The time has come. After having seen multiple times The Next Generation and Deep Space Nine, and just once The Original Series, thanks to EvilAle e bad karma… ehm, that is, thanks to 2018 Santa Claus, now it’s the turn of Star Trek: Voyager!
I’ll admit it straight away: I’ve seen little of Star Trek: Voyager and the little I’ve seen hasn’t convinced me. But, for an introduction to my trekkie side, I refer you to the introduction of my TOS mission, and here let’s start at warp speed 9.975 to talk about Voyager!
When the Voyager series was created in 1995, the Star Trek was in great shape. Just the year before, the last season of The Next Generation had ended, with the Enterprise D launched in a series of feature films that began with Generations in 1994. And Deep Space Nine was already in its third season, ready to embark on a series of spectacular episodes with virtually no major drops in quality leading to the wonderful finale of the seventh and final season. So, when veterans Rick Berman, Michael Piller, and Jeri Taylor created Voyager, they knew what to do. And it shows! There are many well thought out ideas behind the construction of this series, many of which are evident since the excellent pilot episode. So, what didn’t I like about Voyager? Well, hardly any of the characters had caught my attention, and that is key in a series like this… but now I have the opportunity to explore the whole product and, possibly, change my mind!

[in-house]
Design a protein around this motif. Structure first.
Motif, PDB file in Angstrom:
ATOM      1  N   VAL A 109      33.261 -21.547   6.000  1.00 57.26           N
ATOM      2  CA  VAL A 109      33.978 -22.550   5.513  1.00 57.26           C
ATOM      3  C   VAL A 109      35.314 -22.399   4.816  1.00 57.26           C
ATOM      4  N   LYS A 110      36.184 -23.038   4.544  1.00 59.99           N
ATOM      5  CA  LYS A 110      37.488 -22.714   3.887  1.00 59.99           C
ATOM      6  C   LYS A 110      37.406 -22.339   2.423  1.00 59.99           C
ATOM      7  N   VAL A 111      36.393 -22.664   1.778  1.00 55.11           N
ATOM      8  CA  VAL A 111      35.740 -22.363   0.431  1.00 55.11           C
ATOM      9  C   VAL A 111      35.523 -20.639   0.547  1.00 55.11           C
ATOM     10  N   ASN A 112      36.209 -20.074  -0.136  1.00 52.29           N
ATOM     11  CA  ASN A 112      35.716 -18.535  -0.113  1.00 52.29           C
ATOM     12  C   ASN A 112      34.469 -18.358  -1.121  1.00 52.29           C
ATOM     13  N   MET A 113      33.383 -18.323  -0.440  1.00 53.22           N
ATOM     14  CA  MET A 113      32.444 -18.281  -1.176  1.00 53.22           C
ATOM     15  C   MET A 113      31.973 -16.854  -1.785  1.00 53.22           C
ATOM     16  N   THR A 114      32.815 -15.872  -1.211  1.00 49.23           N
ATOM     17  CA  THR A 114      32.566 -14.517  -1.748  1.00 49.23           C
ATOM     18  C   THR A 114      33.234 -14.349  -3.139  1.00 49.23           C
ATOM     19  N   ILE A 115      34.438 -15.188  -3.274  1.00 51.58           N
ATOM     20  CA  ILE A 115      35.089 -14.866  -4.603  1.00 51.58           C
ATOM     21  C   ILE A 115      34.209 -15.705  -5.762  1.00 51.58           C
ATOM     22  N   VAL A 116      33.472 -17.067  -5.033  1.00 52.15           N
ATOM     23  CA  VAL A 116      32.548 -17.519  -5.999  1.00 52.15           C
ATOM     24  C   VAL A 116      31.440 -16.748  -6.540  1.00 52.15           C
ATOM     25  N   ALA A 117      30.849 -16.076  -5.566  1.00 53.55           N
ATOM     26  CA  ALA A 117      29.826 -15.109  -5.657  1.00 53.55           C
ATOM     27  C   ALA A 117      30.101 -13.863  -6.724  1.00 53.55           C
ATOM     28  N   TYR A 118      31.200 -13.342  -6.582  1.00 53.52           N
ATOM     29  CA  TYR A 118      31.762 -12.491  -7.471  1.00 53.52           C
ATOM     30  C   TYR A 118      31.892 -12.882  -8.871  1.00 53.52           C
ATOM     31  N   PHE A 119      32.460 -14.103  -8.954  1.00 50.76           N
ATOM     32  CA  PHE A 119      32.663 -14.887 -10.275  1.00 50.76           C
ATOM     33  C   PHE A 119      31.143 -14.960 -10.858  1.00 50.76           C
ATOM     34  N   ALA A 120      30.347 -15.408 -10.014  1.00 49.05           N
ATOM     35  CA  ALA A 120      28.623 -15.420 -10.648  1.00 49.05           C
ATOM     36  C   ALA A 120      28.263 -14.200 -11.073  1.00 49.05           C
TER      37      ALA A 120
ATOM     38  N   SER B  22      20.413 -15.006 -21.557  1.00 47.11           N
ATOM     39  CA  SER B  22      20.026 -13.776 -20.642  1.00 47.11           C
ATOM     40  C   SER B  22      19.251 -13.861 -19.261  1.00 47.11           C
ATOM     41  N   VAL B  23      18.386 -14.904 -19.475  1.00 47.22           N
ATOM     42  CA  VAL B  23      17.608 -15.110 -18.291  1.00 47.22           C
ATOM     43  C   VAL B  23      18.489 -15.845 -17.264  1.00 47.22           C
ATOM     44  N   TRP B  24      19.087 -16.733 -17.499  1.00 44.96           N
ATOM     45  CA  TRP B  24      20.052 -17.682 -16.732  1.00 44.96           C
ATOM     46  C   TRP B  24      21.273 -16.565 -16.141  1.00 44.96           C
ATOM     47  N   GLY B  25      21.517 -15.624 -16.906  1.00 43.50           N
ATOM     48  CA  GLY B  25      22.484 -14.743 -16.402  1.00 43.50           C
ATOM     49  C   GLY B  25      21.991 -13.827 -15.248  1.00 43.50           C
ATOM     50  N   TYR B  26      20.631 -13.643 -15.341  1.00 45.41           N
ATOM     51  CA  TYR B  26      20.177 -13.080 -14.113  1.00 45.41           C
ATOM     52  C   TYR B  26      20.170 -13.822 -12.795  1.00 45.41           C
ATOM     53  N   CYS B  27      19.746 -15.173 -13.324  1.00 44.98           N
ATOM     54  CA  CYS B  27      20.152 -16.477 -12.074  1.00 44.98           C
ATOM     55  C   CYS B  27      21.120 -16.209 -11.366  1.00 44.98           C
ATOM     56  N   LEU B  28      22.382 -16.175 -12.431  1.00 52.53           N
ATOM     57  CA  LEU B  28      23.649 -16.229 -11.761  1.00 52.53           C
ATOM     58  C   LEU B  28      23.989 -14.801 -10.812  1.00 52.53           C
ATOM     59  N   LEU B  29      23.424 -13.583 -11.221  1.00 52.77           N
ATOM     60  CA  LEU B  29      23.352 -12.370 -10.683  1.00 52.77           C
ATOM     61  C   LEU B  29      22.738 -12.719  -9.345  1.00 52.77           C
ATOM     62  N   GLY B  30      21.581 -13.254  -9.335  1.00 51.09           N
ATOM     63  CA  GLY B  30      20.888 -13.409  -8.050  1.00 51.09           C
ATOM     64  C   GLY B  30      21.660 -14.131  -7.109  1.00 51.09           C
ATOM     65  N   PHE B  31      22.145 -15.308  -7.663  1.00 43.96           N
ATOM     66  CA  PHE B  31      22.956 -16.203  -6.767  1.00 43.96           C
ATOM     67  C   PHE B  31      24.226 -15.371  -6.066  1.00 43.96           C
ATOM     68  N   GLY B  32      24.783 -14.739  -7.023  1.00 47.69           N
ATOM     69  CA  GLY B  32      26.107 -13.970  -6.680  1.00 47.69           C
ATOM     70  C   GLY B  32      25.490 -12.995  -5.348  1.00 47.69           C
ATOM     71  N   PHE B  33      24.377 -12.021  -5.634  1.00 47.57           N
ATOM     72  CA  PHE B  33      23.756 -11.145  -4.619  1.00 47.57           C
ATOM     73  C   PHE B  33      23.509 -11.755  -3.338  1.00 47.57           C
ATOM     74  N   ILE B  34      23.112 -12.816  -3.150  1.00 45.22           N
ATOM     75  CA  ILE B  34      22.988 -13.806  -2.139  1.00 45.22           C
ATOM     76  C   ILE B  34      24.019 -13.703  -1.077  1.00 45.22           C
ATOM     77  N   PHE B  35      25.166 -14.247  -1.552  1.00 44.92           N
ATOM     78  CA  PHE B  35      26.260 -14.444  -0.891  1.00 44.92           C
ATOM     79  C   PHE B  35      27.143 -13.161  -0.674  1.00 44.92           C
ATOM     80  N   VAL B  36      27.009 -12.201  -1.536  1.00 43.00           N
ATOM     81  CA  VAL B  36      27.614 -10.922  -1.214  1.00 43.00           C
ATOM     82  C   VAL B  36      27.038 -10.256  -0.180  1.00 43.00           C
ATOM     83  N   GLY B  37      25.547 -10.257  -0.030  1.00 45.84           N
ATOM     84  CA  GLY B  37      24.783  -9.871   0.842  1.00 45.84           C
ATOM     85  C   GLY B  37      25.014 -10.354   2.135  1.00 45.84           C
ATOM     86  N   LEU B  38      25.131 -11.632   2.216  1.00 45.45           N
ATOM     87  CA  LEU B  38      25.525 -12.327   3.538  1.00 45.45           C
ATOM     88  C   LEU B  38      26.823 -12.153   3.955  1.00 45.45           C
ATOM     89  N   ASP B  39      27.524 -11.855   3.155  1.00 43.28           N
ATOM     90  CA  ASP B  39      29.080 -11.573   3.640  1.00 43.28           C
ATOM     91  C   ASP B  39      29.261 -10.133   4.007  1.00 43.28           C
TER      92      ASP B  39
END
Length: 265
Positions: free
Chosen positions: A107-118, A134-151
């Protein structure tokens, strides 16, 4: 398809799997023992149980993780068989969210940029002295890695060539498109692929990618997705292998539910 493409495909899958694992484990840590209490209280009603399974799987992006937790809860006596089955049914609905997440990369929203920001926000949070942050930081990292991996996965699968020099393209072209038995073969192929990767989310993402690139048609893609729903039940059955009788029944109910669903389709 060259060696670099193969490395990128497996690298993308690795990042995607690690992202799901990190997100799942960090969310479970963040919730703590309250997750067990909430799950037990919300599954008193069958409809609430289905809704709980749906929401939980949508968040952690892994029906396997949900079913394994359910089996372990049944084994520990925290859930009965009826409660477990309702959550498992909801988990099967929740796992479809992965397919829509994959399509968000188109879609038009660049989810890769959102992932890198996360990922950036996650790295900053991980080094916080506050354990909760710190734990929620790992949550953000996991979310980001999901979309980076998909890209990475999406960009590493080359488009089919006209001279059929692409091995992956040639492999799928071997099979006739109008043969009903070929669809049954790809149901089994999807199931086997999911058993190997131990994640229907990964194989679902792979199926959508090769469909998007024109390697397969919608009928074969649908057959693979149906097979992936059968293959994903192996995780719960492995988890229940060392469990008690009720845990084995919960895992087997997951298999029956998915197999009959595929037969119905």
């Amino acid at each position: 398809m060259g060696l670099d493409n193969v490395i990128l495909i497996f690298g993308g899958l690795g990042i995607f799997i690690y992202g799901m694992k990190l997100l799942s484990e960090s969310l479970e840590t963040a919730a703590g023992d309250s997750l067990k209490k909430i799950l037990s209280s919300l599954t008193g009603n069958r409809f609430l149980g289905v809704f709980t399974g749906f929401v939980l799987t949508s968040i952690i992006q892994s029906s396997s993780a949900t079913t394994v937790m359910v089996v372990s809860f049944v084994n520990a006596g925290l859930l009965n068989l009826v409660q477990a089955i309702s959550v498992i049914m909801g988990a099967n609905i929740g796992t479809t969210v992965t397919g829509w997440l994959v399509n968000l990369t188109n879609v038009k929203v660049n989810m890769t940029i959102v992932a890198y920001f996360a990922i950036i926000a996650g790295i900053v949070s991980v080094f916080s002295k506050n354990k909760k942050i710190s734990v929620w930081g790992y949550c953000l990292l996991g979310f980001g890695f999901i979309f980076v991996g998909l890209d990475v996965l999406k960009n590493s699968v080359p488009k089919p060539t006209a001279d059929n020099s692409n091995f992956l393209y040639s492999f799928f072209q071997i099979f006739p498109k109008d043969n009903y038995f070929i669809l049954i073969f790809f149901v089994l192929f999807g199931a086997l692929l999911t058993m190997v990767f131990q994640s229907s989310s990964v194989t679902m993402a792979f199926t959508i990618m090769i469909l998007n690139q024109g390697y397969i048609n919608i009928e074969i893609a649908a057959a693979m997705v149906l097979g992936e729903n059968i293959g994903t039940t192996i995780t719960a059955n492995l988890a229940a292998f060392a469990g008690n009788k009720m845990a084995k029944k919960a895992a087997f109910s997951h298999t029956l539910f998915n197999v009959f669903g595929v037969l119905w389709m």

Let’s start with the pilot (double) episode: Caretaker.
Season 1, First Episode: Caretaker
This is a really well structured pilot. After all, this was the fourth series of the brand chronologically and it’s clear that it fits perfectly into the Star Trek universe which, at the time, was working so well. Let’s start from the plot of Caretaker.